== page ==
You now know about meads in general and its "offspring," melomel and metheglin, but are there any other variations to this great, golden, inebriating drink? There is, and it is called hydromel, but what is hydromel?
While its name could imply it is something refreshing and hydrating, it is definitely not hydrating, but it is still refreshing.
Hydromel is yet another variation of mead that has less honey flavor, and is a bit more watered down. Although, depending on how you see it, it could be either watered down mead, or simply mead that has less honey in it. However, it can also just be another name for mead. For some, though, hydromels tend to have a lower ABV, usually less than 9%.
How to make hydromel?
Making hydromel follows the same steps and principles as making mead since it is, after all, a kind of mead.
As usual, it begins with one's choice of honey, but this time, following the honey to water ratio should be on the lower end. Brewsy's recipe calls for two to three cups of honey per gallon of water, so, for hydromel, you would probably want to start at two cups or below - maybe a cup and a half of honey. From here, as normal, you will want to heat the honey/water mixture to dissolve the honey and making it homogenous. Because there is a lesser amount of honey, fermentation time will be much quicker as there is not as much sugar for the yeast to eat. Hydromel also tends to lean on the drier side, so do not expect a sweet drink.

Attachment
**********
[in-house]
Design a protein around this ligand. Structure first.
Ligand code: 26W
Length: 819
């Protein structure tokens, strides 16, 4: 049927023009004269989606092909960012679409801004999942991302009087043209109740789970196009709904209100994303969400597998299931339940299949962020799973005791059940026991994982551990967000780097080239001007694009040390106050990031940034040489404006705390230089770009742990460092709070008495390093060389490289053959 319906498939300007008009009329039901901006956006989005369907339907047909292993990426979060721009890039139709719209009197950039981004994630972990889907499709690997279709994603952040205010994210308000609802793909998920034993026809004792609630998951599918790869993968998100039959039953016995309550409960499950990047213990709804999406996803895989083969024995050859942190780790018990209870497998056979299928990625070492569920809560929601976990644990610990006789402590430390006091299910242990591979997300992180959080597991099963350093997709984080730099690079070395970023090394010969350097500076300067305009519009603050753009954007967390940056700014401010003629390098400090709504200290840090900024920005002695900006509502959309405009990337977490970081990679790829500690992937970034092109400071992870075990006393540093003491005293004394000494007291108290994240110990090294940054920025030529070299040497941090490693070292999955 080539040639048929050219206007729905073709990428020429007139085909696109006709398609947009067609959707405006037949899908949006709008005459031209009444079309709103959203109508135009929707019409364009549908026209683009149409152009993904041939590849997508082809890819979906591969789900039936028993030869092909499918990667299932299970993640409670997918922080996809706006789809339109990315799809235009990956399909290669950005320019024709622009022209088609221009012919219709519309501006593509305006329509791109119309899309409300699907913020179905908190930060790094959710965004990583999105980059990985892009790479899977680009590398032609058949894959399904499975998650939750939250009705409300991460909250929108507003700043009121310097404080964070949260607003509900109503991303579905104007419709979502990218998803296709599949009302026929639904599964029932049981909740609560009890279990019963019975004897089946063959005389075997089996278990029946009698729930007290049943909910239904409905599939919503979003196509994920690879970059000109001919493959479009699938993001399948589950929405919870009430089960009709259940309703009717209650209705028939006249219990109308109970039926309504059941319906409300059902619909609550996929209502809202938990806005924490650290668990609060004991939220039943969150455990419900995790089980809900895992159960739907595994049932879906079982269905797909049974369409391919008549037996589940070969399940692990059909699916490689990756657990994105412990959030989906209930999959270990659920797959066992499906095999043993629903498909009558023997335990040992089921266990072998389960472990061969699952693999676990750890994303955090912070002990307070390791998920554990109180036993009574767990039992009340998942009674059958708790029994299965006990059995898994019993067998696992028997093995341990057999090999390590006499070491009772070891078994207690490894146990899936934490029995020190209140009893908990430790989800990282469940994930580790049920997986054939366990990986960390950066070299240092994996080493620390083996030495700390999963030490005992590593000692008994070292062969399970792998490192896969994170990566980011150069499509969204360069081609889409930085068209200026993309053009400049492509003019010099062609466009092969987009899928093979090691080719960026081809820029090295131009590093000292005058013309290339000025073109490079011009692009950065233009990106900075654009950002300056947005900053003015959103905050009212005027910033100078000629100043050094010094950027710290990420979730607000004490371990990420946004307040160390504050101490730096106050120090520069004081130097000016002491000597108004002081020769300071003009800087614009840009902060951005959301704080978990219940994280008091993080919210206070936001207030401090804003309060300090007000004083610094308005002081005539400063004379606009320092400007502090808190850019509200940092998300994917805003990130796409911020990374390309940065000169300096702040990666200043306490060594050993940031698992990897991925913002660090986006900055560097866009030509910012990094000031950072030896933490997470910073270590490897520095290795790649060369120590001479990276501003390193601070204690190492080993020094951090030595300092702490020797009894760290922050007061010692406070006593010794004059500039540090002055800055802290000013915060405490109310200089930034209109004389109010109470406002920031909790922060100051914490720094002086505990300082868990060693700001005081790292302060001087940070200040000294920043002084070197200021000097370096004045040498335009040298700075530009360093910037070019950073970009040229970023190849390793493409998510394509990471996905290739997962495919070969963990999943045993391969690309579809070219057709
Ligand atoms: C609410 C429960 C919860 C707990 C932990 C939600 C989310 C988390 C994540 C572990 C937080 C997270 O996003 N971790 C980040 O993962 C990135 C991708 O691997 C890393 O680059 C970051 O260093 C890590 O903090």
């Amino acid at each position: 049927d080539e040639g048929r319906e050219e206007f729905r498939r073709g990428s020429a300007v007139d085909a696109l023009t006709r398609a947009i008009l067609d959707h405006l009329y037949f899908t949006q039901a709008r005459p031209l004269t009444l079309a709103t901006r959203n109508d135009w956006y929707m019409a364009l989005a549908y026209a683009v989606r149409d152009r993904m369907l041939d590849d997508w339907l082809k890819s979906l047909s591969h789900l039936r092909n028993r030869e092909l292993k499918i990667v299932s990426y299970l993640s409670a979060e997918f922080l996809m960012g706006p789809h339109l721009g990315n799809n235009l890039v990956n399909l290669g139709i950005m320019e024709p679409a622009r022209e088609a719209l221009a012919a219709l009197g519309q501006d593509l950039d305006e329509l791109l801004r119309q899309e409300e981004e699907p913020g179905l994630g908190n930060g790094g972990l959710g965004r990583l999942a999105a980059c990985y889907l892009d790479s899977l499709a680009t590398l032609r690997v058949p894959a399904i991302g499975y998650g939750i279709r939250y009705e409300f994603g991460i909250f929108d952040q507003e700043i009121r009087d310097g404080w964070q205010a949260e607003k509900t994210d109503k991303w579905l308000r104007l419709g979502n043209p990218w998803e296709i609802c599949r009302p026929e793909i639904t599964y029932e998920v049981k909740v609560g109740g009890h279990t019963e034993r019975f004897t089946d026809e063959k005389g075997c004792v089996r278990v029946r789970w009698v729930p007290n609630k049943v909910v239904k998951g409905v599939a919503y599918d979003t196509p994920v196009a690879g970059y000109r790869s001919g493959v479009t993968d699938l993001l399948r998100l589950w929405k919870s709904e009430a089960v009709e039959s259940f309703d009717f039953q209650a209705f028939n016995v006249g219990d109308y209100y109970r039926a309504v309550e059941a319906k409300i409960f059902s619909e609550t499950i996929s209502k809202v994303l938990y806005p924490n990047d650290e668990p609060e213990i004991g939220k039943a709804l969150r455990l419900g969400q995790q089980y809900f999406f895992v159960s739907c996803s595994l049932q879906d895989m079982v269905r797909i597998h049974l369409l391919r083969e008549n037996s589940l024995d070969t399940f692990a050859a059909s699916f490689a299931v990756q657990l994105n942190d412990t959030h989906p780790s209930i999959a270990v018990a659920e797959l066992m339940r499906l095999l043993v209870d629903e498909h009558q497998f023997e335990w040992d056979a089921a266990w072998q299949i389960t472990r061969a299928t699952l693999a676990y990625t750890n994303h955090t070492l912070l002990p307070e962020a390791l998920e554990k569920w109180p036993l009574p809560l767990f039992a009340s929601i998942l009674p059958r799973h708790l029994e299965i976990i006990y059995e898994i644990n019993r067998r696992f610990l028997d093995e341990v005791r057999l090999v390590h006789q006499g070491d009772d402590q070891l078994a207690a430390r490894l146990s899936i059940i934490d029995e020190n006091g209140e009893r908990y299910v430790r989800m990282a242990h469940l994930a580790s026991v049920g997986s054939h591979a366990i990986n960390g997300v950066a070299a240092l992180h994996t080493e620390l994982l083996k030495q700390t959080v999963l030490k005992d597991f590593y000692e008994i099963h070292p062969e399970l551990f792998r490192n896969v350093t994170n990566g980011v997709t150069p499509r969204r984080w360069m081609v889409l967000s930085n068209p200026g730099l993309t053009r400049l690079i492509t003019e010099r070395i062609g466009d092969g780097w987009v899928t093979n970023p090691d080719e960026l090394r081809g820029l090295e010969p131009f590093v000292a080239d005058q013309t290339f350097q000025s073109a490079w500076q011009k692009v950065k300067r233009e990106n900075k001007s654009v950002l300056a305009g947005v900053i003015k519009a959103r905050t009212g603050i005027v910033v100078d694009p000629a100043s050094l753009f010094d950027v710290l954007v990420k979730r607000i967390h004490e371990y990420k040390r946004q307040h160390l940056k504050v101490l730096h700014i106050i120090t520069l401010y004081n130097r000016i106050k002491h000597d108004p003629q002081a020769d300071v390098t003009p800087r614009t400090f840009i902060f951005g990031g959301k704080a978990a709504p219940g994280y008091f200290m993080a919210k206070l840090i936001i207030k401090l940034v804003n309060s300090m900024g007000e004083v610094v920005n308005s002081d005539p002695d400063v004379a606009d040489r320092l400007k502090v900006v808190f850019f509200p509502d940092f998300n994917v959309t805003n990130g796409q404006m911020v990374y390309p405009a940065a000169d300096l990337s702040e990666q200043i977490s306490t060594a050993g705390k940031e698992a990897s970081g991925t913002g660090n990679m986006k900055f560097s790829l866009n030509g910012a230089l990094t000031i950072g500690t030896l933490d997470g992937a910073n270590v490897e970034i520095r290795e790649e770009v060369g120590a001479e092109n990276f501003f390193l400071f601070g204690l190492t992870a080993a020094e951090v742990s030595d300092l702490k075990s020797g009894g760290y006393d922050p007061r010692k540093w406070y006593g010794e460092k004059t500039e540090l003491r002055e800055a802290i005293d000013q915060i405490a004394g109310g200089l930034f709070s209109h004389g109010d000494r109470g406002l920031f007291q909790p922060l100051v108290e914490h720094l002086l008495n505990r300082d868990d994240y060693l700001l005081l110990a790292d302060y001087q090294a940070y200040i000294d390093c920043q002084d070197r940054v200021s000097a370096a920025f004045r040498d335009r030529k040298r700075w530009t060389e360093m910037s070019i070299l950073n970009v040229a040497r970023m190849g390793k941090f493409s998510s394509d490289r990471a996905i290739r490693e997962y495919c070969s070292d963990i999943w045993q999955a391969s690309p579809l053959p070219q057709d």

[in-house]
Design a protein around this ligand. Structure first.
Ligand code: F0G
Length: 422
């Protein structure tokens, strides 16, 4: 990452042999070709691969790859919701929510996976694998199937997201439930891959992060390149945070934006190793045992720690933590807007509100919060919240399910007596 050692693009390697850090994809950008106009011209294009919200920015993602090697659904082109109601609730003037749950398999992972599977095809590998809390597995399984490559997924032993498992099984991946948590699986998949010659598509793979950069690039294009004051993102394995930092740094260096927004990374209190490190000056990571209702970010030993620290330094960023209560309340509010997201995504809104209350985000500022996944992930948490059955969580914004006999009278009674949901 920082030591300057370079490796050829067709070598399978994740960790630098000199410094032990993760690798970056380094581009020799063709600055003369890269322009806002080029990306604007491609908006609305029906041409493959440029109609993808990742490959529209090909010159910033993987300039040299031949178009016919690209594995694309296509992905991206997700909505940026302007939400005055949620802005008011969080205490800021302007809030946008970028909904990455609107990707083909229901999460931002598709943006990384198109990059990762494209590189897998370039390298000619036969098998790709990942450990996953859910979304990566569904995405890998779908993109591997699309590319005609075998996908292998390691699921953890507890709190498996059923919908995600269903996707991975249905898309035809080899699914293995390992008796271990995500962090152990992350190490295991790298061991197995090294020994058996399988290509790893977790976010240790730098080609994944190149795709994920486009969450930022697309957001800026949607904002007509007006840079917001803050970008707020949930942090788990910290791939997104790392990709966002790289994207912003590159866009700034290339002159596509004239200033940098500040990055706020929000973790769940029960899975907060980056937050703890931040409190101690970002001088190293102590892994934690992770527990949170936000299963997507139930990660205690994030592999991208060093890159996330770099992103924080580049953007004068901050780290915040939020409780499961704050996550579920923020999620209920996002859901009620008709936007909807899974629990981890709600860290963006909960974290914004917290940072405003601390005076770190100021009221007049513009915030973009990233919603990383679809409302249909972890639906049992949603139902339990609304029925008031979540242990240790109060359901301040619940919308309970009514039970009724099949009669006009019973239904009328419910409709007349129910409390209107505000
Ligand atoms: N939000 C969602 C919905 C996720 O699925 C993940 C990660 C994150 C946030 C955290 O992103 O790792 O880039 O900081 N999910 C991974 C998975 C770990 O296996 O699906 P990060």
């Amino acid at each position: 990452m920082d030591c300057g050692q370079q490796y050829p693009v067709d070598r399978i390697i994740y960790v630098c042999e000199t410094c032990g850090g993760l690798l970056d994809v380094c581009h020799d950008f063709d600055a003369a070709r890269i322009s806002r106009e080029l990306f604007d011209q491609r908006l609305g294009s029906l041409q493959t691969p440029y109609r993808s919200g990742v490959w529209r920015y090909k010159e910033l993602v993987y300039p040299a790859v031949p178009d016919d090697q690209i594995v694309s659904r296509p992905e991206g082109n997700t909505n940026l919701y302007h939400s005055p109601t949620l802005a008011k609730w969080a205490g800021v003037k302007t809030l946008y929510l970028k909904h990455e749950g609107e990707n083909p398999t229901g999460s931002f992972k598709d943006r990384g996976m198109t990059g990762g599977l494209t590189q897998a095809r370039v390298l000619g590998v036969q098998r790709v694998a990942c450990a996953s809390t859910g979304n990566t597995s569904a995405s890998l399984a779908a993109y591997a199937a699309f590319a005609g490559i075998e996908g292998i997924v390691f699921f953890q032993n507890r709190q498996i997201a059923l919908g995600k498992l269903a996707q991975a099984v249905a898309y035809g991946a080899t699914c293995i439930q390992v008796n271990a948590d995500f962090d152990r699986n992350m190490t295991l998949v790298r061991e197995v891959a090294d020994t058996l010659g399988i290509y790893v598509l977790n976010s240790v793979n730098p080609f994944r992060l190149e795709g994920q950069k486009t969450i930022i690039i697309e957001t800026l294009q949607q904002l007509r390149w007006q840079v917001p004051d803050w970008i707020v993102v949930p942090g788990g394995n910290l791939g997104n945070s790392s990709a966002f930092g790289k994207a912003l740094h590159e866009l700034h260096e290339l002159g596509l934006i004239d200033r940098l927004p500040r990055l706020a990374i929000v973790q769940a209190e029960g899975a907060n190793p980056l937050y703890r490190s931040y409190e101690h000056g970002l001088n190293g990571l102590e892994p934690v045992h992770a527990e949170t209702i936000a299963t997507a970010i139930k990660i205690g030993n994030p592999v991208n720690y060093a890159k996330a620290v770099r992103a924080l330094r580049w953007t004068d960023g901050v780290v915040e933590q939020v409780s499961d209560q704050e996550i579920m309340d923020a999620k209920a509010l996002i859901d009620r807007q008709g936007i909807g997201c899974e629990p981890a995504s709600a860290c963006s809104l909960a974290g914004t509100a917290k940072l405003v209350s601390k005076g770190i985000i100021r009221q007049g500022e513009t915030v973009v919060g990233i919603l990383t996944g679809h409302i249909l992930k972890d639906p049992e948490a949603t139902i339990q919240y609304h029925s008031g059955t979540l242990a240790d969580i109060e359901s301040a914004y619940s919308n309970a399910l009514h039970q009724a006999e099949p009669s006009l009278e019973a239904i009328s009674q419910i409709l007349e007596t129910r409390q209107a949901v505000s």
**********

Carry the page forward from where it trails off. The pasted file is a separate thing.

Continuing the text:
Why is it called hydromel?
Unlike metheglin's Welsh roots, hydromel is mainly Latin in origin. Specifically, hydro comes from the Latin word hudro- (itself from hudor) meaning water, and mel meaning honey. Combined it is literally just called water honey when transliterated to English. From here, it is easy to see why it would be a watered down mead. Or, alternatively, hydromel is just the Latin name for mead.
What is the history of hydromel?
Hydromel itself most likely has the same origin as mead itself. Since it is not as fundamentally different from mead like melomel or metheglin, it is simply a variation in the quantity of a specific ingredient, in this case, honey, which uses less.
While technically subtle, it is still a bit clear what separates hydromel from any other mead. Are you perhaps a fan of drier meads? If that is the case, hydromel might be the answer.